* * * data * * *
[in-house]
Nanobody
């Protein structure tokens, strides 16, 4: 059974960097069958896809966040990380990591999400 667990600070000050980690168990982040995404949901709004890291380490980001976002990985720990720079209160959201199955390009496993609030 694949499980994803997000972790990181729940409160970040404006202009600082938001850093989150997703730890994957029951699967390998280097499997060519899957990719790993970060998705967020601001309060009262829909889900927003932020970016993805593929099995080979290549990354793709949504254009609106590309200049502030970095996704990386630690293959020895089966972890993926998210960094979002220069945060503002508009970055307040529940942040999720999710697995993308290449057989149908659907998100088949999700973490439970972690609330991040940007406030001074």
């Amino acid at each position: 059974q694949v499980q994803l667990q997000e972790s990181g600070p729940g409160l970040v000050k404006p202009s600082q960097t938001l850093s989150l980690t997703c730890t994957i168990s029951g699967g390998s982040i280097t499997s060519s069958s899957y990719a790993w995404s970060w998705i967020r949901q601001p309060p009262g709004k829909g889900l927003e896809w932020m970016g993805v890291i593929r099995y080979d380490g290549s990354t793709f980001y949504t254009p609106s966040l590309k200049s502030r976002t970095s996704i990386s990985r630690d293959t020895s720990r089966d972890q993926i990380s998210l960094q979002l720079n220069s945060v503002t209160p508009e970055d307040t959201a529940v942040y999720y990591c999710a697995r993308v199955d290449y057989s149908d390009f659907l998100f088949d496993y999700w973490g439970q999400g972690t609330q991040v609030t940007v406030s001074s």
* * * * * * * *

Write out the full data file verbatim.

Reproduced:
[in-house]
Nanobody
């Protein structure tokens, strides 16, 4: 059974960097069958896809966040990380990591999400 667990600070000050980690168990982040995404949901709004890291380490980001976002990985720990720079209160959201199955390009496993609030 694949499980994803997000972790990181729940409160970040404006202009600082938001850093989150997703730890994957029951699967390998280097499997060519899957990719790993970060998705967020601001309060009262829909889900927003932020970016993805593929099995080979290549990354793709949504254009609106590309200049502030970095996704990386630690293959020895089966972890993926998210960094979002220069945060503002508009970055307040529940942040999720999710697995993308290449057989149908659907998100088949999700973490439970972690609330991040940007406030001074």
């Amino acid at each position: 059974q694949v499980q994803l667990q997000e972790s990181g600070p729940g409160l970040v000050k404006p202009s600082q960097t938001l850093s989150l980690t997703c730890t994957i168990s029951g699967g390998s982040i280097t499997s060519s069958s899957y990719a790993w995404s970060w998705i967020r949901q601001p309060p009262g709004k829909g889900l927003e896809w932020m970016g993805v890291i593929r099995y080979d380490g290549s990354t793709f980001y949504t254009p609106s966040l590309k200049s502030r976002t970095s996704i990386s990985r630690d293959t020895s720990r089966d972890q993926i990380s998210l960094q979002l720079n220069s945060v503002t209160p508009e970055d307040t959201a529940v942040y999720y990591c999710a697995r993308v199955d290449y057989s149908d390009f659907l998100f088949d496993y999700w973490g439970q999400g972690t609330q991040v609030t940007v406030s001074s």